Make sure that you are getting an adequate amount of calories for your body size, and in the form of fat. Use any arbitrary calculator online to determine a rough amount, but for most people this will be between 2000-2800 calories. If you don’t know how much you are getting in a day, then for a few days get a baseline by using an application like MyFitnessPal to track everything and see where you stand.

Check your ketone levels and symptoms, see where you’re at, and if you’re still struggling after increasing calories then move to the next item.


Protein can turn into carbohydrates via a metabolic process called gluconeogenesis (making new carbs) and will do in people at varying degrees. Protein turning into carbohydrates means you’re not in ketosis. However, this is generally an overblown statement that only happens at the extreme cases when you are drinking a lot of liquid protein shakes.

This is a huge mistake I was making. Even though I was eating about 20g of carbs and assumed that I was in ketosis, I wasn’t. So I tested. Hmm… still not in keto, eating enough food, and I feel like crap, must not be for me. But no! I wouldn’t accept that.

I ended up pulling protein intake down from about 180g per day to about 120g per day and removing all of the liquid protein I was consuming. Anything over 120g with liquid proteins and I’m out of ketosis. Once I pulled the intake down and found this sweet spot, it was like the lights came on. Energy skyrocketed.

Since eating about the amount of protein, working out a little less, and being super strict on a ketogenic diet I’ve actually gained lean tissue mass. This also happened after my recent four day fast, which busted another belief of mine that you would die and lose muscle if you didn’t eat protein every 12.4 minutes.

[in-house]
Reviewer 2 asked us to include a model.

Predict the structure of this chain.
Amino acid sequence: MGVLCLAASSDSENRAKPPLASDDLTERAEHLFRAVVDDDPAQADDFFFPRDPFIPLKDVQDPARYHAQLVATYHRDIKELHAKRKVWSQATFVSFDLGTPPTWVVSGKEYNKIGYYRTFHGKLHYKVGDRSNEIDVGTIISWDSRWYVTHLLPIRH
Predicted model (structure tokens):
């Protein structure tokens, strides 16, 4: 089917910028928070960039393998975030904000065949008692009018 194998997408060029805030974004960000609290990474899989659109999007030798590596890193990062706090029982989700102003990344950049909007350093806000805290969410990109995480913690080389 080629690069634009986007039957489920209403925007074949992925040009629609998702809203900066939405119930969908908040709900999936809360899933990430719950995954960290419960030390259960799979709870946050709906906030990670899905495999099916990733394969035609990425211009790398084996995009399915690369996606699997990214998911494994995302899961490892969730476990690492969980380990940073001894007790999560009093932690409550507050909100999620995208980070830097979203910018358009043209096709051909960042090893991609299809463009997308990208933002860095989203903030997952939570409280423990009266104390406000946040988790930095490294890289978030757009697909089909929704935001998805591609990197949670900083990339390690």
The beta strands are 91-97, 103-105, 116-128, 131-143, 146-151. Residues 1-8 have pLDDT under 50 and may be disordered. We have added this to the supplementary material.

If none of these modifications work for you, check out my article on the biggest ketosis mistakes people are making. If you’re still having problems, you should check with your doctor about other issues that could be going on.

A ketogenic diet is not a low energy diet. It is a normal human metabolic state that we used for many thousands of years. You are born in a state of ketosis. You should not want to die when you’re keto.

A ketogenic diet definitely is a low-carb, high-fat diet. But a low-carb, high-fat diet is not always a ketogenic diet.


Ketosis isn’t an idea. This isn’t like “paleo” where just because you eat things that you think cavemen eat and then you’re all good. Ketosis is literally a measurable metabolic state.

You can’t just assume you’re in ketosis. It is very specific for every person. Make sure you’re tracking and testing up front, then peel back when you have a reduction in ketone levels.



If you’re trying to lose weight by following the ketogenic diet and not getting results, it is likely that you need to make some adjustments. First, make sure your level of carbs aren’t too high. Everyone has their own carb set point that pushes them into ketosis. Second, make sure you are getting enough calories. Third, make sure you aren’t eating too much protein. And finally, always test to make sure you are getting into ketosis. Just guessing doesn’t work at least in the beginning. As you become more experienced, you may be able to feel when your body goes into ketosis. Until them, use one of the many possible methods to test for ketosis.

At the time of writing this post, we are giving away free copies of the Body Reboot book to help people lose weight and get healthy! Just cover the small cost of shipping, and we’ll send a FREE copy to your door. Go over to this page to see if copies are still available!

Bruce Fleck, PhD

About the Bruce Fleck, PhD

I help professionals overcome a health, career, or relationship crisis and make it a turning point for building a better life.